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What facemasks works best?

With facemasks now being compulsory on public transport in the UK the question you may find asking yourself is what facemask I should buy. That is a very good questions especially if you are like me and many people who have do not really know anything about the different types of facemasks you can buy or even make at home. So, what facemasks actually work best?

Respirators

Fit- and seal-tested respirators are made of tangled fibres that are highly effective at filtering pathogens in the air. These respirators must meet the rigorous filtration standards set by the National Institute for Occupational Safety and Health (NIOSH).

The diameter of the coronavirus is estimated to be 125 nanometres (nm). Keeping this in mind, it’s helpful to know that:

  • Certified N95 respirators can filter 95 percent of particles that are 100 to 300 nm in size.
  • N99 respirators have the ability to filter 99 percent of these particles.
  • N100 respirators can filter 99.7 percent of these particles.

Some of these respirators have valves that allow exhaled air to get out, making it easier for to breath. However, the downside of this is that other people are susceptible to the particles and pathogens that are exhaled through these valves.

Surgical Masks

There are various types of surgical masks. Typically, these disposable, single-use masks are composed of breathable synthetic fabric. You will surely recognise these masks if you have been to your friendly dentist.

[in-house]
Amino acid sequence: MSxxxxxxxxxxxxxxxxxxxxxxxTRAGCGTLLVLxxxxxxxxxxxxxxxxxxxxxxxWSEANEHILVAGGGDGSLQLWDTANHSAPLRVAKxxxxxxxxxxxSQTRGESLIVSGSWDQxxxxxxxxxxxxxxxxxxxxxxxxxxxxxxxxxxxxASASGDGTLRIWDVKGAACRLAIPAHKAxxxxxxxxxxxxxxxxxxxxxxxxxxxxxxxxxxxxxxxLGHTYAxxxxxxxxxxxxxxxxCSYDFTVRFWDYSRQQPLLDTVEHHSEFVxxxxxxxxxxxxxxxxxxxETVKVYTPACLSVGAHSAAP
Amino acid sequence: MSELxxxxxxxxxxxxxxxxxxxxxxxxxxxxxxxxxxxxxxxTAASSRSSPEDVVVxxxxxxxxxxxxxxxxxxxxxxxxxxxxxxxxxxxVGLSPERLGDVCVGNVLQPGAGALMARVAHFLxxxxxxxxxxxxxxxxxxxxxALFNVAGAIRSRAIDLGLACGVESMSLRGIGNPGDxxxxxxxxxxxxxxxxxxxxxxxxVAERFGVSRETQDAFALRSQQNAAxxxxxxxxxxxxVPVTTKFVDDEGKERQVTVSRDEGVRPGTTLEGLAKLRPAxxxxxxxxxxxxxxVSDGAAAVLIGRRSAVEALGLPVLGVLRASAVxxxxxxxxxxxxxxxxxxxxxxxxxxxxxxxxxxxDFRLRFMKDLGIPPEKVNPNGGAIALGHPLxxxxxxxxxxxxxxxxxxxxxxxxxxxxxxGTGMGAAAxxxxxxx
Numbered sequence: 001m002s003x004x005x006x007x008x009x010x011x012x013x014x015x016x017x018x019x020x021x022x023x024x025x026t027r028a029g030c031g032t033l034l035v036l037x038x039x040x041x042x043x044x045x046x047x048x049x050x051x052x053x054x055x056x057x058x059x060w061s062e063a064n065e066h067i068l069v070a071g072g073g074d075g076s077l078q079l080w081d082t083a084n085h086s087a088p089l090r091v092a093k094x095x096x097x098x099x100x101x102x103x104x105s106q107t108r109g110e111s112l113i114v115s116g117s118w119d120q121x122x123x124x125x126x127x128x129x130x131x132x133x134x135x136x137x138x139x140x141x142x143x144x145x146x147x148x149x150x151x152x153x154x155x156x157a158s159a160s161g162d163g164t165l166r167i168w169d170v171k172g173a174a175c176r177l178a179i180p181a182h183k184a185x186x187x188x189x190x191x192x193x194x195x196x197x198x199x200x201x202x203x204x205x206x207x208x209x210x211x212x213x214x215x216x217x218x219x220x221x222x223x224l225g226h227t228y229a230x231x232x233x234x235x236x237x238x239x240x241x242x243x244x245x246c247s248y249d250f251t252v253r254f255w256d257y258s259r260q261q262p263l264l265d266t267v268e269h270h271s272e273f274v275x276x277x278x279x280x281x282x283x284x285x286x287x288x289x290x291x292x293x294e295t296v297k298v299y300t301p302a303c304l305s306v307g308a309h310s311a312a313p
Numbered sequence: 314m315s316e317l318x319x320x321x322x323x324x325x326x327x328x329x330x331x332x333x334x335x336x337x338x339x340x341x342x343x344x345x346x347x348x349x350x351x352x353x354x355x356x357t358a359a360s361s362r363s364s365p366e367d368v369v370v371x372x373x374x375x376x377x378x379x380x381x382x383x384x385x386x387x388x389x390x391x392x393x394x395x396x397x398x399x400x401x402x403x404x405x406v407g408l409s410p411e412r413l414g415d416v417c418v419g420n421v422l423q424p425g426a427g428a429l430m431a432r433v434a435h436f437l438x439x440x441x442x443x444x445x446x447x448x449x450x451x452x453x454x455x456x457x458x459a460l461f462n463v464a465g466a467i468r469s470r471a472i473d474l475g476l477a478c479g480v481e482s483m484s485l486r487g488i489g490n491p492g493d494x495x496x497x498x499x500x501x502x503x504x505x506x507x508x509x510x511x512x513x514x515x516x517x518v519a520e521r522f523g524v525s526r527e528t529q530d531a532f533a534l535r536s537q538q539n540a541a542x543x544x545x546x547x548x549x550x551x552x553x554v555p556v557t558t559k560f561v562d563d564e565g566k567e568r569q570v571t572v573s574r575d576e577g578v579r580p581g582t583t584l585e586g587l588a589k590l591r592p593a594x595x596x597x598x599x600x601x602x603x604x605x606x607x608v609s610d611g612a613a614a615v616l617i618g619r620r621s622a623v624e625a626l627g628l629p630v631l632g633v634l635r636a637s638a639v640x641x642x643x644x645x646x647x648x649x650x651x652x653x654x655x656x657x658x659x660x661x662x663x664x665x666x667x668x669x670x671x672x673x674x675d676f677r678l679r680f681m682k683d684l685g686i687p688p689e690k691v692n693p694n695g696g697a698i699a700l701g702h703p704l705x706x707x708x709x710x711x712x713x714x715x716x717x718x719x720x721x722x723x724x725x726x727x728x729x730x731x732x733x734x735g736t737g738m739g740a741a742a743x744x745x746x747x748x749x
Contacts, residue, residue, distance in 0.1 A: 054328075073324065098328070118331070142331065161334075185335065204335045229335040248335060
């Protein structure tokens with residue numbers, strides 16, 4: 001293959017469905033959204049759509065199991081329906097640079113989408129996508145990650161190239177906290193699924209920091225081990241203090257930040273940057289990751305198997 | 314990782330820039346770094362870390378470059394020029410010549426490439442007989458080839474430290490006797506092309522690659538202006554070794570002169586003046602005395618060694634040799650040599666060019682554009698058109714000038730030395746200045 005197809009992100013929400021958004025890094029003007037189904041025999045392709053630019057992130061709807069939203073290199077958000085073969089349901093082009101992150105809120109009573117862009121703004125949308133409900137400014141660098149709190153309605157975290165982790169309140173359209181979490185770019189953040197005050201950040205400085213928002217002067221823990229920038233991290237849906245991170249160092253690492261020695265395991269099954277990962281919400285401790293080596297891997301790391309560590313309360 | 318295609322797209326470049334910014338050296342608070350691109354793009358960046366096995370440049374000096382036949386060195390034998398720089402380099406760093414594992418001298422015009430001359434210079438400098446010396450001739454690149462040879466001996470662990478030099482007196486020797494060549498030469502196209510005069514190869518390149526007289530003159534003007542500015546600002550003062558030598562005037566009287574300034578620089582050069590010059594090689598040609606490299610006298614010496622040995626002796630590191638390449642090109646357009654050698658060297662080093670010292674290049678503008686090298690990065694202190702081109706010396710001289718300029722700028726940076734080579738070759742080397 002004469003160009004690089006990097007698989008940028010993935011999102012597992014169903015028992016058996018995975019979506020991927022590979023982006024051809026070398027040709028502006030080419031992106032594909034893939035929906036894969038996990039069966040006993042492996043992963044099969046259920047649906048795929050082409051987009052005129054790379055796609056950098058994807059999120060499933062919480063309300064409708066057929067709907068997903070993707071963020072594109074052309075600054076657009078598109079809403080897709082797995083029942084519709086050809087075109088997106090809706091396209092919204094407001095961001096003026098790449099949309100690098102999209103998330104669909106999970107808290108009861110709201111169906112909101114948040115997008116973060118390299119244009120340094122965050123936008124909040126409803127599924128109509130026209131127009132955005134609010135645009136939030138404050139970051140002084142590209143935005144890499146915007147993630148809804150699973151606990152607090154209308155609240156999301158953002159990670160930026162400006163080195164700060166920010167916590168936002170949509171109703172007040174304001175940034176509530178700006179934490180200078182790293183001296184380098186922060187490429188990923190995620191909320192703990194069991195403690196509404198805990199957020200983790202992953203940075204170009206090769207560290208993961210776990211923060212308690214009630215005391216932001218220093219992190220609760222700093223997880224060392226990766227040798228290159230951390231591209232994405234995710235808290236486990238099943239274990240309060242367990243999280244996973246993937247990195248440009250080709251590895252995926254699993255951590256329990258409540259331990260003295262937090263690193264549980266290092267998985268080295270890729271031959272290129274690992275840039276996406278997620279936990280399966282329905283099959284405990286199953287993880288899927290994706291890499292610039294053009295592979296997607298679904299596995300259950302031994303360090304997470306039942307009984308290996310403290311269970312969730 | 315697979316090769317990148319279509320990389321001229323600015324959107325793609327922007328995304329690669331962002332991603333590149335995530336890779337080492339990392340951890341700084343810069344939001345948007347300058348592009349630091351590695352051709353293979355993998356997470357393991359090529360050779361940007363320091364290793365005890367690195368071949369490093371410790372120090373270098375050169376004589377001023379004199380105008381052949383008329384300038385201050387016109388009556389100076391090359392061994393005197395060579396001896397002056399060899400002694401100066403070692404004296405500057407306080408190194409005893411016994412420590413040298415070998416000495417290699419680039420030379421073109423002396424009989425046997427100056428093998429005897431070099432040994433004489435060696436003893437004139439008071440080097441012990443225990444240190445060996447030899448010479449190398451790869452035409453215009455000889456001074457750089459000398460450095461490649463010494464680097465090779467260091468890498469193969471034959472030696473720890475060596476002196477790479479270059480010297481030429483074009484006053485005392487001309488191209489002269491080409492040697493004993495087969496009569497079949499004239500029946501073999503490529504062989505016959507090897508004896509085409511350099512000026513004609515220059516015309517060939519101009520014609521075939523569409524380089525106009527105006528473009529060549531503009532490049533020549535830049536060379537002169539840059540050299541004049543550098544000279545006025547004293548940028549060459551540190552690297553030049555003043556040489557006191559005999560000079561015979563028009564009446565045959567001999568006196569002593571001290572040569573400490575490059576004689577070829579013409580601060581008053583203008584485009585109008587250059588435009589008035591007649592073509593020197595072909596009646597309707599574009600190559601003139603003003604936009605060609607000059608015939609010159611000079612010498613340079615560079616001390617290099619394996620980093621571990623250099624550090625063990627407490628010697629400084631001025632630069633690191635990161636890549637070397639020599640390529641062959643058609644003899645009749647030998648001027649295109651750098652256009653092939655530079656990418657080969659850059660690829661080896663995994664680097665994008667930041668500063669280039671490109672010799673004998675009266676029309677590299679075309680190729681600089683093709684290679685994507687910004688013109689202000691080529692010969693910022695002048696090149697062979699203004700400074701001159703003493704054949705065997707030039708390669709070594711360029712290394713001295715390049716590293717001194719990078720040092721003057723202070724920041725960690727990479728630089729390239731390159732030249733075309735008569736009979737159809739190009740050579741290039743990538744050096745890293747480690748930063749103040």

How well surgical masks filter pathogens varies widely, with reports ranging from 10 to 90 percent.

Despite differences in fit and filtration capacity, a randomized trial found that surgical face masks and N95 respirators reduced participant risk of various respiratory illnesses in similar ways.

Adherence — or proper and consistent use — played a more pivotal role than the type of medical-grade mask or respirator worn by study participants. Other studies have since supported these findings.

Cloth Masks

Do-it-yourself (DIY) cloth masks are less effective at protecting the wearer because most have gaps near the nose, cheeks, and jaw where tiny droplets can be inhaled. Also, the fabric is often porous and can’t keep out tiny droplets.

Although cloth masks tend to be less effective than their medical-grade counterparts, experimental results suggest they are far better than no mask at all when worn and constructed properly.

(Source: https://www.healthline.com/health/best-face-mask-2#types. Accessed 10th June 2020)

Written by Andy Coulson

June 15, 2020

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